Thank You Duke Energy and PEF for your Support!

Thank You Duke Energy and the Polk Education Foundation

Throughout this year our students explored different Science concepts in the STEM Lab. Many of the hands-on activities were made possible through a grant funded by Duke Energy and the Polk Education Foundation! Our students benefited from many new materials to enhance the lab activities in our STEM Lab. We are so thankful for their support!

In  4th grade, during our unit on Energy, our students participated in multiple labs to see different types of energy. The students used heat color changing Moon Dough during one lab to observe how heat travels from hot to cold objects. Students also explored the Sun’s energy using the Solar Hybrid Robot fish; the students were able to watch how it was moving around fast when the fish was in the sun, but once a cloud covered the sun, it slowed down or even slowed down stopped moving. Students explored wind energy by using wind-powered cardboard cars, where they would blow up balloons to see how the vehicles would move across the room when the air was let out of the balloon.


When our 4th graders moved into the Environmental education unit, we spent more time looking at renewable energy. The students used the Solar fish again during this unit. We also looked at how weathering and erosion affect our environment. Students worked with their teammates to observe what happens when the wind is blown in a given area over time, the students were able to see how the sand was moved, and then eventually, small buildings or trees can fall due to the lack of foundation from the sand moving. Then they created a model of an ocean where they observed waves moving sand and how that movement can cause erosion on the beachfront that can damage buildings and vegetation. The students used the same setup to create a river to observe how the river is always moving sentiments and things through the water. The students would also cause a flood on the riverbanks to see how the erosion could happen. When observing what happens with rain erosion, the students had two different activities, one where they used sugar cubes and created their own mountain/cliff where they would spray colored water to see how the water would travel through the sugar cube. Then over time, the buildings they placed on the top could begin to move due to the lack of foundation. The other rain erosion setup they had was creating a small sand mountain where they had buildings and trees. The student's used spray bottles to mimic the rain and could see how the soil moved from around the buildings and trees.


During our Environmental Science unit, we looked at rocks and minerals. The students created the three types of rocks in the STEM Lab using toaster ovens, silicone molds, silicone trivets, cooling racks, broken crayons, and small Starburst candy. The students used the candy to build sedimentary rocks to see how the layers of the rocks are created over time and pressure. Then for metamorphic rocks, the students used broken crayons with the toaster ovens. The students filled their molds, and then we heated the crayons in the toaster ovens, but not to the point of the crayons turning into liquid. The trivets and cooling racks were used after the molds were taken out of the oven. Then when we created igneous rocks, we set up the molds with broken crayons again, and this time when we put the molds into the ovens, we heated them to a liquid state. After that, we allowed the crayons to cool down. The students were able to see how each type of rock was made, and they took their examples home with them.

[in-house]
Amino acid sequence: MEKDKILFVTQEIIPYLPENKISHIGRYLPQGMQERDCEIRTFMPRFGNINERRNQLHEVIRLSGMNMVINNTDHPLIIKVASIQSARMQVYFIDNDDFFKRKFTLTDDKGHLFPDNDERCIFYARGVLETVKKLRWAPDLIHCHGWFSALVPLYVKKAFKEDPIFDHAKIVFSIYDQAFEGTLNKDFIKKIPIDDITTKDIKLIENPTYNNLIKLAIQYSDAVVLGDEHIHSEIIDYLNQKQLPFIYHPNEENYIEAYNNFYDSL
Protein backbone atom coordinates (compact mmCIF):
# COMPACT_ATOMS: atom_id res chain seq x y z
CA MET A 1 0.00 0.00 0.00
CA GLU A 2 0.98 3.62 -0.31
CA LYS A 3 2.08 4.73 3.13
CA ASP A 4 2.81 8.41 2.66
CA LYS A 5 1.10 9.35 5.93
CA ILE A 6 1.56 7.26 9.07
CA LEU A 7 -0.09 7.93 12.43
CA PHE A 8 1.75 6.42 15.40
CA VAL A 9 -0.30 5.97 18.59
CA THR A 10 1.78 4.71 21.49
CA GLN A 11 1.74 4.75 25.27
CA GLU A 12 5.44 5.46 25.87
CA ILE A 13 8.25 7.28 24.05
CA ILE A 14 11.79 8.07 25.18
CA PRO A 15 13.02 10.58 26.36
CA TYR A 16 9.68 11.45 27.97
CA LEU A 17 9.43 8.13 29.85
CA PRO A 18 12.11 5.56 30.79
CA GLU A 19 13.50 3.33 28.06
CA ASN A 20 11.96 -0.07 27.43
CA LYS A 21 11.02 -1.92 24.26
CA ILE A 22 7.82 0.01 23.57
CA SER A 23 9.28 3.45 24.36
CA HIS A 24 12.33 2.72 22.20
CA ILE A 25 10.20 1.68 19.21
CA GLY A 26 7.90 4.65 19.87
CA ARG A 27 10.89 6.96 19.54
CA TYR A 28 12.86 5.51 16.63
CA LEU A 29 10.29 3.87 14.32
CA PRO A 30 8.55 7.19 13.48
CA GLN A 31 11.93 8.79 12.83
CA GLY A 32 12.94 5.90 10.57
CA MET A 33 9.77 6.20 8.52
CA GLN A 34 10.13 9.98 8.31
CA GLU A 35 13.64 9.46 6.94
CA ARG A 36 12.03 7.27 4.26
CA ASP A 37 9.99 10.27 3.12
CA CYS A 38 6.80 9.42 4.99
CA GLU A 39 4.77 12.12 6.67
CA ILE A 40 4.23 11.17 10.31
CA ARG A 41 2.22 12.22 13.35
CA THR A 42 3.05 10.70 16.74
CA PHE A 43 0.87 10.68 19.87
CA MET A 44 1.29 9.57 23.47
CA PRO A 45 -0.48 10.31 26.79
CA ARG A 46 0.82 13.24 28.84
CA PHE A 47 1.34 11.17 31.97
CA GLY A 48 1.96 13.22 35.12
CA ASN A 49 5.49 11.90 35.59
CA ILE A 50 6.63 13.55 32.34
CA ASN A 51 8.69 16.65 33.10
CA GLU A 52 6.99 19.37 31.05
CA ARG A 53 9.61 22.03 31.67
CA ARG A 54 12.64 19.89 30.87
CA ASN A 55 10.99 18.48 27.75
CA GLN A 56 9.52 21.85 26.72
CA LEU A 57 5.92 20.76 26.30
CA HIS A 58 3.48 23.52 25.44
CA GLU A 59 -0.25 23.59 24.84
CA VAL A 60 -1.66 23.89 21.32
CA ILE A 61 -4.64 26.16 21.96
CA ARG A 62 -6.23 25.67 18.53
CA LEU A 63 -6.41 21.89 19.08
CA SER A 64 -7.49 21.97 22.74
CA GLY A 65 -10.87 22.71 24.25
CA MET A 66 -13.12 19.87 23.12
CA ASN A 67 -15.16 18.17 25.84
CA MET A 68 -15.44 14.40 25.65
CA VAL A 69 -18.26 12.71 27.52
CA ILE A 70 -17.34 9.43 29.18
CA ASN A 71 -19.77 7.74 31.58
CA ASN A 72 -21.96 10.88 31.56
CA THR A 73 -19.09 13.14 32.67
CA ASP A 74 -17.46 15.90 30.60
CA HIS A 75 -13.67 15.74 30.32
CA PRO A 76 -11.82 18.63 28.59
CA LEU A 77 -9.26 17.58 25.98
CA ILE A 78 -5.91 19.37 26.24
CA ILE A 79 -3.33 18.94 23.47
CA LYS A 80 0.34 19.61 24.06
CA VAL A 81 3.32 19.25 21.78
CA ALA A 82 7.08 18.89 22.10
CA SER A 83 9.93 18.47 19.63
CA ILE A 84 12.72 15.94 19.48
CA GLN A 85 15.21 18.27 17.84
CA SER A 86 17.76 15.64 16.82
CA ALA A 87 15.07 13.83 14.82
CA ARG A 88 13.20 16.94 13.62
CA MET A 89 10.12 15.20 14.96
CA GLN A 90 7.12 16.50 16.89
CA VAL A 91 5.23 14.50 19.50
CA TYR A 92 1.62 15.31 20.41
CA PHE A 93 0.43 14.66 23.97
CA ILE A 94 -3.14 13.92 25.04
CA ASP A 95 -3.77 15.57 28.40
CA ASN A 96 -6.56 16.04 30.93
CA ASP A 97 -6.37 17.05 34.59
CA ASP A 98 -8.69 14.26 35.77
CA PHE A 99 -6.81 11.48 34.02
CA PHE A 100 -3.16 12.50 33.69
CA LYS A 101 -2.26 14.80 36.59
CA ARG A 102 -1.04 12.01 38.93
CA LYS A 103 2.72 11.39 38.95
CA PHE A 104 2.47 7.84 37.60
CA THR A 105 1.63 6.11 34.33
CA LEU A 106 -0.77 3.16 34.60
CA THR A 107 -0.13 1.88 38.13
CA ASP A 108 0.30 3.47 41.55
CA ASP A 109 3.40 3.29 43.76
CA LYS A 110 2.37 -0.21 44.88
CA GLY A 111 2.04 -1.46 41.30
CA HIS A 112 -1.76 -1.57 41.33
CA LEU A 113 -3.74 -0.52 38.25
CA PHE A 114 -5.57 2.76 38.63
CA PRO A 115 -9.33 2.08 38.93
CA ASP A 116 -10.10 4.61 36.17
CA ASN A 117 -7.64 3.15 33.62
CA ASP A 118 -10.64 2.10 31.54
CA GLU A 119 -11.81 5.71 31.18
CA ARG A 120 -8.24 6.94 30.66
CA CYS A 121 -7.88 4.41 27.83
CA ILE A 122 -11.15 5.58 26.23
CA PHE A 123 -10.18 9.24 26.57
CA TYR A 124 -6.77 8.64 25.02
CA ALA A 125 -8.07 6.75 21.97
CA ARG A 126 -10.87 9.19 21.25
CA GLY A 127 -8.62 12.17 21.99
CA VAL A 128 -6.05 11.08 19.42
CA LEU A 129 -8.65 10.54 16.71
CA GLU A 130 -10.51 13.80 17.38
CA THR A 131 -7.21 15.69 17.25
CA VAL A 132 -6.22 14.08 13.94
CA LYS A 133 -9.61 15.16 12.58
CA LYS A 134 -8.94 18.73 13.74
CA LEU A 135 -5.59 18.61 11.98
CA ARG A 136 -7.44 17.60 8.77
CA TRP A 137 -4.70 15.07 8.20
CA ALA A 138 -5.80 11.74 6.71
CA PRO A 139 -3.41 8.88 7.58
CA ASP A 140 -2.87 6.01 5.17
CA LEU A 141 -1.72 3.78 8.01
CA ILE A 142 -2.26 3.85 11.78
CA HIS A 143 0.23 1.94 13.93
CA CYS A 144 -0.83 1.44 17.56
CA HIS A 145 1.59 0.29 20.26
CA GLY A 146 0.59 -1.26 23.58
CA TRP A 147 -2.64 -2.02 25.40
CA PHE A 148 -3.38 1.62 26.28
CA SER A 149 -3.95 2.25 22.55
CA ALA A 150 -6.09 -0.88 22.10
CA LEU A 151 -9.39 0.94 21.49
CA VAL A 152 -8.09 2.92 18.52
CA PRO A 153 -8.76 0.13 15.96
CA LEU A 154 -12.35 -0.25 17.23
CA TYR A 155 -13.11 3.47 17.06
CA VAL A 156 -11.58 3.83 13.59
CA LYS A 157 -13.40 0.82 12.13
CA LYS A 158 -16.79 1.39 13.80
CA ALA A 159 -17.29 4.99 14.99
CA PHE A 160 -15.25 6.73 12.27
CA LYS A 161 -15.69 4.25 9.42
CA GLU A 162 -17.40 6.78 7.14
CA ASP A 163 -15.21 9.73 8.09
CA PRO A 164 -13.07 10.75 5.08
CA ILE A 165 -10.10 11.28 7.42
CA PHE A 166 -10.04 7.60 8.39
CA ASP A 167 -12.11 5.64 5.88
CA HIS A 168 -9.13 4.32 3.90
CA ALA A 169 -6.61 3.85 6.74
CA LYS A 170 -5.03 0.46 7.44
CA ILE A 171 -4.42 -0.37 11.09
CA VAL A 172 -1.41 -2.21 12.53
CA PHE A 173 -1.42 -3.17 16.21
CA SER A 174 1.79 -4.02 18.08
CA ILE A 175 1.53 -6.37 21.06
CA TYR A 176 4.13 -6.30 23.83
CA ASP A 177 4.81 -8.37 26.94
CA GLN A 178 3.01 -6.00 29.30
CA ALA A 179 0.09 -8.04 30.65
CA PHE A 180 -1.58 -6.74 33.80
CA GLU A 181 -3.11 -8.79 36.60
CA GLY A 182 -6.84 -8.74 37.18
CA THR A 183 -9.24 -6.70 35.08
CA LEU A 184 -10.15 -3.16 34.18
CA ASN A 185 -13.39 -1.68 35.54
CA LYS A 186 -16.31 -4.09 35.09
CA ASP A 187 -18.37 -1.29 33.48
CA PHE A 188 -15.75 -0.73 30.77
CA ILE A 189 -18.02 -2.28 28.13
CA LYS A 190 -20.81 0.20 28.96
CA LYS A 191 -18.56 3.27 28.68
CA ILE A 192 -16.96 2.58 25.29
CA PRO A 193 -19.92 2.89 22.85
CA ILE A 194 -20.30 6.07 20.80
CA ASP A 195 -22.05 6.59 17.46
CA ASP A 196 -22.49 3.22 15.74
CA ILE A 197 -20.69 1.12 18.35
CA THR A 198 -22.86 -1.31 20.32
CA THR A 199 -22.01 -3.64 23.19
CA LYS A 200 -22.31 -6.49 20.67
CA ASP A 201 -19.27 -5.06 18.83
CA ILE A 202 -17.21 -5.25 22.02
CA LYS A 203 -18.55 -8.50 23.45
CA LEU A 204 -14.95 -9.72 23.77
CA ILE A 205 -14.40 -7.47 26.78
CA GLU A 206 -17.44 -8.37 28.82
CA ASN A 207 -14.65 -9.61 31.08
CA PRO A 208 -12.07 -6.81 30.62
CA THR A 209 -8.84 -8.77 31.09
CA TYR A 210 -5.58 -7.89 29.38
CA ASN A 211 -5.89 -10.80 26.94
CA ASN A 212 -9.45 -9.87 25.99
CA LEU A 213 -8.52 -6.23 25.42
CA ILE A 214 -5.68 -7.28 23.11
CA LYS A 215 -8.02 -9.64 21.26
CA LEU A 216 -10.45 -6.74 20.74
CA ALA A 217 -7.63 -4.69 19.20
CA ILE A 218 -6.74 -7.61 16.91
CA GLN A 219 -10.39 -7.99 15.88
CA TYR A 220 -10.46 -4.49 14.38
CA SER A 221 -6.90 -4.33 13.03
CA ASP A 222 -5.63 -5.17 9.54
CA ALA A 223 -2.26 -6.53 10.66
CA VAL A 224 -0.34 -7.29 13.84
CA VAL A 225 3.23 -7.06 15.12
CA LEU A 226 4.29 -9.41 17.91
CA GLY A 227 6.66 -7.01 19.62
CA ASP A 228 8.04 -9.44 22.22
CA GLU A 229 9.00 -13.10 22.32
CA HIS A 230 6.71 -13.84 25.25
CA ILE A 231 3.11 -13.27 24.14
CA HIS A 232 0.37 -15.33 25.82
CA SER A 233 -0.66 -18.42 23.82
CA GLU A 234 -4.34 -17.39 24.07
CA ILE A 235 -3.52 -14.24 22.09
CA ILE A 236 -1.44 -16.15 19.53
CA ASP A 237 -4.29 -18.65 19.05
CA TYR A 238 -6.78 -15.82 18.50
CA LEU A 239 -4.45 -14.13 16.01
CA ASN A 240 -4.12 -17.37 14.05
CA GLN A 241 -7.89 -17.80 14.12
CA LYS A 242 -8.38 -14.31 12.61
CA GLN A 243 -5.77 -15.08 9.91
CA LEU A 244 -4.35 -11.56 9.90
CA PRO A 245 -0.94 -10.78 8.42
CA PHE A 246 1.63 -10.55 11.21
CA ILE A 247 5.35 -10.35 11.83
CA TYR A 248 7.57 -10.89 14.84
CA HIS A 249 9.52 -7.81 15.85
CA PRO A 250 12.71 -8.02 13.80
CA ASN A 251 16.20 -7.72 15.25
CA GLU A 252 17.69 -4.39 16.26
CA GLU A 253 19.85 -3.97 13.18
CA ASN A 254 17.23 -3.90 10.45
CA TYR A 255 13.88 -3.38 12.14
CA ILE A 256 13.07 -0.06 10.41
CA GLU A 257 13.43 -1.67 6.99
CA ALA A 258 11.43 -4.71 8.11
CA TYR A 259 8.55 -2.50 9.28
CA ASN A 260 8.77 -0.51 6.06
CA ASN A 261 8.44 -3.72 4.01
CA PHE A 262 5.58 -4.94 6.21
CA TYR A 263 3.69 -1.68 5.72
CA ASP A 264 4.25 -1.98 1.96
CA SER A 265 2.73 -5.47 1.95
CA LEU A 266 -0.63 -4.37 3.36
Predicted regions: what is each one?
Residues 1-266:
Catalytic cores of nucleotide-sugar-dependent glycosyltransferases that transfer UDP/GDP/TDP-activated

The 4th grade Environmental Science Unit culminated with a site-based teacher-led gem mining field trip. We partnered with Diamond Dell to purchase the rock/gem kits. Then all of the 4th grades rotated through the STEM Lab, and each student was able to mine for their gemstones. Students each took home a bag filled with gems and minerals. The students thoroughly enjoyed mining for the different objects.


In 5th grade, we used many of the materials in addition to items we already had in our STEM Lab. During their study of Energy, we used the Roll and Race boards with small soapbox cars. These ramps allowed us to see how different forces could cause the vehicles to slow down or not move as far. The students also weighted these cars down with fishing weights to see how the importance of the car affected the distance and speed it could travel. In another activity, the students used die-cast cars to see how the different types of energy causing movement could cause the vehicles to travel different distances. The students would start the cars moving with other objects (like their pencils, blowing air on them, and pushing them) to see how the different types of force changed the distance the cars traveled.


While exploring Energy Science, the students used the finger rockets, pump rockets, and stomp rockets to see how objects travel. The students worked through different stations to see how different forces caused the objects to move differently. For example, students saw how air could propel the rocket into the air using the stomp rockets. They used film canisters with anti-acids at another station to see how chemical energy could cause movement. The students enjoyed these stations, and it gave them a unique opportunity to see many types of energy and then observed how that energy moved objects.